Slavyansk, Ukraine
Many of the roughly 100 parishioners who attended a Sunday service at the Serafim Sarovsky Orthodox Church on the outskirts of Slavyansk, Ukraine said they did so to calm their nerves about the Russian forces. (Carolyn Cole / Los Angeles Times)
Civic Life

With Russia’s big offensive said to be underway, fresh battles rock eastern Ukraine

Ukraine says the decisive fight for country’s east has begun as Russia mounts wave of attacks in the Donbas region. Biden to confer with allies.

Moscow again on Tuesday demanded the surrender of holdout Ukrainian forces in the besieged southern port of Mariupol and bombardment boomed across the country’s east in what Russia and Ukraine are calling a major new phase of the ferocious nearly 8-week-old war.

Although Ukraine says Russia has begun its long-expected all-out assault in the east – and Moscow’s top diplomat confirmed Tuesday the struggle has entered its next stage -- some Western military officials and analysts suggest the current attacks are only a prelude to a larger and potentially far more brutal offensive.

President Biden was to confer Tuesday with key allies about the next phase of the war and how the West will respond.

Ukrainian authorities, meanwhile, implored civilians to get out of the eastern battle zone by any means possible, but acknowledged that for a third straight day there had been no agreement reached with Russia to set up humanitarian corridors those fleeing the fighting could use for safe passage.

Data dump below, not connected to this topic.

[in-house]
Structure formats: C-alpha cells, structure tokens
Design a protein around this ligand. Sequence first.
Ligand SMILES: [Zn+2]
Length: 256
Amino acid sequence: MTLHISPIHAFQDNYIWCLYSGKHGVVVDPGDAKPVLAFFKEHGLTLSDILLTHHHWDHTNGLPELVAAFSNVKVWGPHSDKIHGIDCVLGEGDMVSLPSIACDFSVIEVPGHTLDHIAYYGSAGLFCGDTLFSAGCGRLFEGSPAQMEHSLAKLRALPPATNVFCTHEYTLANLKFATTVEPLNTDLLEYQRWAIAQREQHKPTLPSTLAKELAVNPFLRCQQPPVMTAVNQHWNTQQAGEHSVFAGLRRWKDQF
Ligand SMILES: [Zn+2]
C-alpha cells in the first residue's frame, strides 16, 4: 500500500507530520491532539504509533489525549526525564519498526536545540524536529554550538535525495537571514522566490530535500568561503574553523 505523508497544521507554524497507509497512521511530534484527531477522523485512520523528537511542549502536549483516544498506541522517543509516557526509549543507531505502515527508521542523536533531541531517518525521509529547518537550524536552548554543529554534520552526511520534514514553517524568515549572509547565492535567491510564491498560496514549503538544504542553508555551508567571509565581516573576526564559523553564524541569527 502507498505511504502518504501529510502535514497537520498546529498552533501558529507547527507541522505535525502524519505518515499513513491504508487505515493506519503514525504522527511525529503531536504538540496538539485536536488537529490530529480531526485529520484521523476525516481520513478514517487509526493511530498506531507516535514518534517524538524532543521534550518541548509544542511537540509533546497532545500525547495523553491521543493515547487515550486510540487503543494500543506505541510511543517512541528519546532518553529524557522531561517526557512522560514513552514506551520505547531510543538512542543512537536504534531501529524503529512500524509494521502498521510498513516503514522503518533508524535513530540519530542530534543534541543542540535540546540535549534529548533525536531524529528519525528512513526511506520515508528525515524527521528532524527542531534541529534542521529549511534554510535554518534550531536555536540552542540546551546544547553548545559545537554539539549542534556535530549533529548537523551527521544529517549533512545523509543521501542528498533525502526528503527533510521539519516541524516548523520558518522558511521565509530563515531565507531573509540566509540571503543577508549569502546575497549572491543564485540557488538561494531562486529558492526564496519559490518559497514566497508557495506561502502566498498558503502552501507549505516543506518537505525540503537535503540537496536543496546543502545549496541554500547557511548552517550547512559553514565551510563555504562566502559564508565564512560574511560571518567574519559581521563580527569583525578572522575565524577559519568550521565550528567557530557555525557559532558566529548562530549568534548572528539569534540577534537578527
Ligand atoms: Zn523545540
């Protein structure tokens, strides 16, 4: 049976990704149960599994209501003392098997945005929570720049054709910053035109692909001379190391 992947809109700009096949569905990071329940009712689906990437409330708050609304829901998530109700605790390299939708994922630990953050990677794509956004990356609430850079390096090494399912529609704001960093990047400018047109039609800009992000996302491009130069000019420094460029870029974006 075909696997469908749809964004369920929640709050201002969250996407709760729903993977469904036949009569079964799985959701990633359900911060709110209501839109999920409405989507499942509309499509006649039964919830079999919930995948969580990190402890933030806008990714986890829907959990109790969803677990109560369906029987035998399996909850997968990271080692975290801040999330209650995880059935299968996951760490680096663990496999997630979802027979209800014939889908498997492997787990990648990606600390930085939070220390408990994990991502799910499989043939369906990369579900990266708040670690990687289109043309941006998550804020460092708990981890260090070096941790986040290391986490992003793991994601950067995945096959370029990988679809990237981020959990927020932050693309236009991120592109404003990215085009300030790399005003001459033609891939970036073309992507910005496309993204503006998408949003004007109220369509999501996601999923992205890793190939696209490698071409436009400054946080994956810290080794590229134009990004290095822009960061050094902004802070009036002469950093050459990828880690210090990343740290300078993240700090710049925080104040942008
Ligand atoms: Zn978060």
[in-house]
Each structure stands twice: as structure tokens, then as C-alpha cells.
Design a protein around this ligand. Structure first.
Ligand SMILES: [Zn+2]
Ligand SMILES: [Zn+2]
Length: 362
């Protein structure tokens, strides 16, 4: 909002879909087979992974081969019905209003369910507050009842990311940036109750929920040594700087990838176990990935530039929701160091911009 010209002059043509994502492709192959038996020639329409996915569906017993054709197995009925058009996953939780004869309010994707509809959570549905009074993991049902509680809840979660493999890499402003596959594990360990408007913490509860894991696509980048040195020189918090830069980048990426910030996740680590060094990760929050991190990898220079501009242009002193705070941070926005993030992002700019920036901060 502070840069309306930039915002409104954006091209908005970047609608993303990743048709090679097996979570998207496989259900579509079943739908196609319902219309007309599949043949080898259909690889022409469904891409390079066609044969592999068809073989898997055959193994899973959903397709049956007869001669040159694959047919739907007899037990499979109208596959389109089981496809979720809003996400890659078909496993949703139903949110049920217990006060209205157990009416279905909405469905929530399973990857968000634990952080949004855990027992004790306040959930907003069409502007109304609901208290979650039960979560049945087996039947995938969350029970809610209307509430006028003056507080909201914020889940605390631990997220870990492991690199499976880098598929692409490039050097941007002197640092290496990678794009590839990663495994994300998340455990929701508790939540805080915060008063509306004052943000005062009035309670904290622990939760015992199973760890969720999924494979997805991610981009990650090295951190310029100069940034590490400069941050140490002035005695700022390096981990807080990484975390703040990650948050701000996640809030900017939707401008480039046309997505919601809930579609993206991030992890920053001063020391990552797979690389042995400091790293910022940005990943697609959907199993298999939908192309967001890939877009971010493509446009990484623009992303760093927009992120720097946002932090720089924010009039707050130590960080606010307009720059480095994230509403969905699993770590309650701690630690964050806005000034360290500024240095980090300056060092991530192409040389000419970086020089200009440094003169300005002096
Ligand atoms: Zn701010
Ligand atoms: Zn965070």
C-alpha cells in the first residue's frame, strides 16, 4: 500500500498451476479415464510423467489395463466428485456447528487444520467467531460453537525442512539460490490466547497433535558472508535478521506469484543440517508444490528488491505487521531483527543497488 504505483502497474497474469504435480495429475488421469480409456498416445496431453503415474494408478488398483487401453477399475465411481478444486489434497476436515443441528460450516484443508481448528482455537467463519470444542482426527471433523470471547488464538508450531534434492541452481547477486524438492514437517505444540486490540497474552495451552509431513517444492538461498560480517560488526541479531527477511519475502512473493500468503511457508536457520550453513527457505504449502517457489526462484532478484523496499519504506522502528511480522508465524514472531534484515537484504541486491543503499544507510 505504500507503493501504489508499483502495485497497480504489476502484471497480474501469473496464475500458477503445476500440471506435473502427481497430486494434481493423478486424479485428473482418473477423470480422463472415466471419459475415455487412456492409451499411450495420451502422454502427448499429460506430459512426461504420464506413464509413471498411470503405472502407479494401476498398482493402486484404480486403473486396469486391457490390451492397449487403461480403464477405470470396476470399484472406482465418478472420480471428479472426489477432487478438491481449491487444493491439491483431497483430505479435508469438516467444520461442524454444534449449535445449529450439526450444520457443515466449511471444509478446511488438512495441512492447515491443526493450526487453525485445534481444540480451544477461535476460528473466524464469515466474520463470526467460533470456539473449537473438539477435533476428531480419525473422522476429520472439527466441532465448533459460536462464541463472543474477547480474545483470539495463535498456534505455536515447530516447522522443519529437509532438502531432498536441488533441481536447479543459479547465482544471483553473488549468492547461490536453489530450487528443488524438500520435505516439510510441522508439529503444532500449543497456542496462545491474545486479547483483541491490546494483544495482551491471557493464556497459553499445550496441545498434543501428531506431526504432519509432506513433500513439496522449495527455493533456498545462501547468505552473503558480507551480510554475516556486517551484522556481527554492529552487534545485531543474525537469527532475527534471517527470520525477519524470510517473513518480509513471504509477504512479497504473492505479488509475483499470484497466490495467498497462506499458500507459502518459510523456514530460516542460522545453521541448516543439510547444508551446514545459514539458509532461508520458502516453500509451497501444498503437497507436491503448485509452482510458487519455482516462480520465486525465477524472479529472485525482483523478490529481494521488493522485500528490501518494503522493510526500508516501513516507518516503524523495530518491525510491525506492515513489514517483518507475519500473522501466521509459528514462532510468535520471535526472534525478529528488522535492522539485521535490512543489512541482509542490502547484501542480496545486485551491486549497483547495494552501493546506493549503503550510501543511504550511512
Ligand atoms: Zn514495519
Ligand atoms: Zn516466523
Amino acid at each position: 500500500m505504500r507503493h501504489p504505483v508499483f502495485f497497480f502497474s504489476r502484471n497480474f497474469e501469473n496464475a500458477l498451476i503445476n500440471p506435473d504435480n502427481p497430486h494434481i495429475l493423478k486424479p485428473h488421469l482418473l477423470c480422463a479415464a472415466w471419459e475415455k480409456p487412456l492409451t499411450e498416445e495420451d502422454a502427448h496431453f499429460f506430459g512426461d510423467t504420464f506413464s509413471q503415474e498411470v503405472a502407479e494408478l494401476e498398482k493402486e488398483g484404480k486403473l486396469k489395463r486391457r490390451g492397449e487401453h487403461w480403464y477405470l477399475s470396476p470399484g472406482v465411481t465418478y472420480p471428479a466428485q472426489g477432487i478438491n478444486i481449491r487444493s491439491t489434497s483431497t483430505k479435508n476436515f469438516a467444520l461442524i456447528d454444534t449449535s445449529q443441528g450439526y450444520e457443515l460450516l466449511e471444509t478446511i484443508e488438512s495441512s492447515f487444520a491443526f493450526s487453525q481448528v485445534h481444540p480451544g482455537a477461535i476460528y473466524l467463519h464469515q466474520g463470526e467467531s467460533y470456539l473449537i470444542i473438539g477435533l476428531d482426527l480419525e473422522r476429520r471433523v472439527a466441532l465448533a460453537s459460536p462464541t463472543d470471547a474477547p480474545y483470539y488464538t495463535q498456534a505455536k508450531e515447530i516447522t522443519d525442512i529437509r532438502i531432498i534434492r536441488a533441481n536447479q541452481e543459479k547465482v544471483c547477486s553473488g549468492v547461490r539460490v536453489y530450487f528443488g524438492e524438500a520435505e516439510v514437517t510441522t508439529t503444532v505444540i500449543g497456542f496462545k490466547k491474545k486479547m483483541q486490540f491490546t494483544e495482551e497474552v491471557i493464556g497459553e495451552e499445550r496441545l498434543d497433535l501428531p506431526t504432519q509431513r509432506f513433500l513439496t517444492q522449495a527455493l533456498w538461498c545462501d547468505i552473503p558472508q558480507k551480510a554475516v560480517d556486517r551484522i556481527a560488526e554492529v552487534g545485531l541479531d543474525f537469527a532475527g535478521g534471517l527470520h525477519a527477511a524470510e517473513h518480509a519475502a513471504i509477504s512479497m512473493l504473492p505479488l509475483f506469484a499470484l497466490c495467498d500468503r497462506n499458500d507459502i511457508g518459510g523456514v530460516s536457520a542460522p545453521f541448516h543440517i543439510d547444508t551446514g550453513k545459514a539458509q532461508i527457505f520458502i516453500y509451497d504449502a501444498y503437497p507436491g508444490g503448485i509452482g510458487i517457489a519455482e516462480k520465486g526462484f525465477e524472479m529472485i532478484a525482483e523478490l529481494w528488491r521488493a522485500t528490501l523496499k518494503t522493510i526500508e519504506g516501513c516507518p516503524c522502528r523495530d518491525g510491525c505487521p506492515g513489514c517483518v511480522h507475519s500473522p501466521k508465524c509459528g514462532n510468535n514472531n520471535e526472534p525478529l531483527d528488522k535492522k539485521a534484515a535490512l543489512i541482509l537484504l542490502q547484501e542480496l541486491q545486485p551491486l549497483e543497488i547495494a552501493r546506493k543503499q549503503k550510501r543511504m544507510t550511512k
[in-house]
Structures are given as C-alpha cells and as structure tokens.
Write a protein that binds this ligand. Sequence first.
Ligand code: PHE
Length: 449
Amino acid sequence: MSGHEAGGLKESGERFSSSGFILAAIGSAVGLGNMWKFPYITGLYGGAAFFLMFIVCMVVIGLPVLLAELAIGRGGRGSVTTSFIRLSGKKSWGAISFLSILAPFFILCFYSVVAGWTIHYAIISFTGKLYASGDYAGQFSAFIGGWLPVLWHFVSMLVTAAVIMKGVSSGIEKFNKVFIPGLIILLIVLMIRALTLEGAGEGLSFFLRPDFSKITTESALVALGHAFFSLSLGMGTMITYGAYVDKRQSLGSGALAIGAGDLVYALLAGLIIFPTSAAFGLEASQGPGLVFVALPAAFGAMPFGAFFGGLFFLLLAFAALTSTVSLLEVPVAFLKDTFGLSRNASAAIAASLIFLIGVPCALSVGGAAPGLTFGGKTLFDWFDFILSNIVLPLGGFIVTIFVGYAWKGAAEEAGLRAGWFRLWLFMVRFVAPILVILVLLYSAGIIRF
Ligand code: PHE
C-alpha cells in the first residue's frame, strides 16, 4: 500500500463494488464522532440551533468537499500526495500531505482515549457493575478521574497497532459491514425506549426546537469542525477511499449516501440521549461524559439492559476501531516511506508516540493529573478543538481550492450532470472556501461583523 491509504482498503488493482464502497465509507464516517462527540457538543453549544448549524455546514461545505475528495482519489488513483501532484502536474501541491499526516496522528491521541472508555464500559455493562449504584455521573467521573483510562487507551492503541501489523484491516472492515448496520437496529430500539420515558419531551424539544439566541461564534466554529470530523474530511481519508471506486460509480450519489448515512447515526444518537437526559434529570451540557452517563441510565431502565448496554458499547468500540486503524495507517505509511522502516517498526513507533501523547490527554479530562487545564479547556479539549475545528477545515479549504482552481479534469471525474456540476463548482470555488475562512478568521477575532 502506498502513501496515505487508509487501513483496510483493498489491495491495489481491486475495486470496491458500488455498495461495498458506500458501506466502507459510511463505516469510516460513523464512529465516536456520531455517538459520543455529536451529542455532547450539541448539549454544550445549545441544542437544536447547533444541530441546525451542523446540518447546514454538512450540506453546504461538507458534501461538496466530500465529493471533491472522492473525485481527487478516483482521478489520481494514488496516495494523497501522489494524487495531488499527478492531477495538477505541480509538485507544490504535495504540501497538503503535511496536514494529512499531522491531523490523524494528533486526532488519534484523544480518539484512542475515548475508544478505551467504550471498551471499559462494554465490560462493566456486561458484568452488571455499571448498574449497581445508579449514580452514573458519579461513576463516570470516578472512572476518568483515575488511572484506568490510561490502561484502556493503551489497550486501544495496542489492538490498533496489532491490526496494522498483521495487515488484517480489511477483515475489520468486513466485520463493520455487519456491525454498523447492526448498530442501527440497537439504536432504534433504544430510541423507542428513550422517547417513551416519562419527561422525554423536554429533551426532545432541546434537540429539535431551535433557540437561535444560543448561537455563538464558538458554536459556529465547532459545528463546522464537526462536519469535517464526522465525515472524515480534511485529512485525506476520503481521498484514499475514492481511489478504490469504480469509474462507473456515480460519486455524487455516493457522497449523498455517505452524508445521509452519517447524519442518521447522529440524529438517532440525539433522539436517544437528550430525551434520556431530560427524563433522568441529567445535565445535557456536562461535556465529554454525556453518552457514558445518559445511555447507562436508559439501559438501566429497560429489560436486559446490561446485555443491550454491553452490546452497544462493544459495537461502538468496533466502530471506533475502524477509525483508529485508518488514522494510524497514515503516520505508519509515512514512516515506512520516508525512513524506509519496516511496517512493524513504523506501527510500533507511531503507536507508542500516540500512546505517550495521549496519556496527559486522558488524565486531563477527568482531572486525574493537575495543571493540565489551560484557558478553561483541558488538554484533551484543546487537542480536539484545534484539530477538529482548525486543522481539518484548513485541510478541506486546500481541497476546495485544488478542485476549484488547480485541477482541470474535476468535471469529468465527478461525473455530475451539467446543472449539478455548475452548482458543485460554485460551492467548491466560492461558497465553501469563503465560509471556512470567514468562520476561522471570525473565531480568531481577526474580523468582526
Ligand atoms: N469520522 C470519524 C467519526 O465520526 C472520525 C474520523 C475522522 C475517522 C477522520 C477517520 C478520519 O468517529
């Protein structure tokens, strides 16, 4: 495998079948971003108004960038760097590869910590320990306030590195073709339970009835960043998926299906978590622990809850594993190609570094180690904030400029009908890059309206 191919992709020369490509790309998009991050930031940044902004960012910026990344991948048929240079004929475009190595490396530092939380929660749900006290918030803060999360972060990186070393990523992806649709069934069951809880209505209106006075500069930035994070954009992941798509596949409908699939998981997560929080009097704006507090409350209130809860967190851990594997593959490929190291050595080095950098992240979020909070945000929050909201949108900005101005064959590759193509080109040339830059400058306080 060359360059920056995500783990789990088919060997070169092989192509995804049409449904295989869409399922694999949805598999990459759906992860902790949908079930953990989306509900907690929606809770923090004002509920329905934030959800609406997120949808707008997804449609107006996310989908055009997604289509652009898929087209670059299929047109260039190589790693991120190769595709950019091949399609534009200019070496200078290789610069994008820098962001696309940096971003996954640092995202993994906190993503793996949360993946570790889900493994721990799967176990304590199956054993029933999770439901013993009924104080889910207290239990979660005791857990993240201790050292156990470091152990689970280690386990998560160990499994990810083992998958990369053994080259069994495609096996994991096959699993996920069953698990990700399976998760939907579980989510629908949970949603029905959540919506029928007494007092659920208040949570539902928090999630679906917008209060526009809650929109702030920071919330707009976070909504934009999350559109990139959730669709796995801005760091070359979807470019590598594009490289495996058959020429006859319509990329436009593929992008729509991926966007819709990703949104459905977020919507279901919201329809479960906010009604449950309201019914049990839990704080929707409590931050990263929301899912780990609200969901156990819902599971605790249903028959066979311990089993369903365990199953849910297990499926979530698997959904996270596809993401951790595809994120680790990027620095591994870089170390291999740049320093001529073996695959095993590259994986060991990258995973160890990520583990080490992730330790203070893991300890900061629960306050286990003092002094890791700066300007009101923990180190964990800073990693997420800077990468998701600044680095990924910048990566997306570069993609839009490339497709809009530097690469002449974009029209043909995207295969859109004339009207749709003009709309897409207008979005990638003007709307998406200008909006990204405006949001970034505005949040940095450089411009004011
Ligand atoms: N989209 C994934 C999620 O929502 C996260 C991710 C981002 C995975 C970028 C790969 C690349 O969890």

The latest Russian ultimatum to the Ukrainian forces in Mariupol came in a statement by the defense ministry in Moscow promising that those who lay down their arms “are guaranteed to remain alive.” But as happened over the weekend, the surrender deadline came and went without any sign of a Ukrainian pullback from a sprawling steelworks plant where fighters and hundreds of civilians are holed up in a network of tunnels.

A Ukrainian commander says Russia has been using “bunker-buster” bombs to try to dislodge the defenders.

Mariupol’s capture would likely be hailed by Russia as a pivotal triumph in a war that has yielded few of those for Moscow. It would free up more brigades for the eastern fight, as well as enable the creation of a strategically important land corridor between Russian-controlled areas and the annexed Crimean Peninsula.

Moscow was initially silent on Monday night when Zelensky declared that the war for Ukraine’s industrial east, known as the Donbas, had begun. The area is made up of two large regions, Luhansk and Donetsk, parts of which are already controlled by Russia-backed separatists.

“We will fight,” the Ukrainian leader vowed in his nightly video address. “We will defend ourselves.”

Russian appeared to confirm the wider offensive’s start when Foreign Minister Sergei Lavrov said in an interview broadcast Tuesday that “another stage of this operation is beginning.”

“I am sure this will be a very important moment of this entire special operation,” Lavrov told Indian television. Russia refers to Europe’s biggest land war since World War II as a “special military operation.”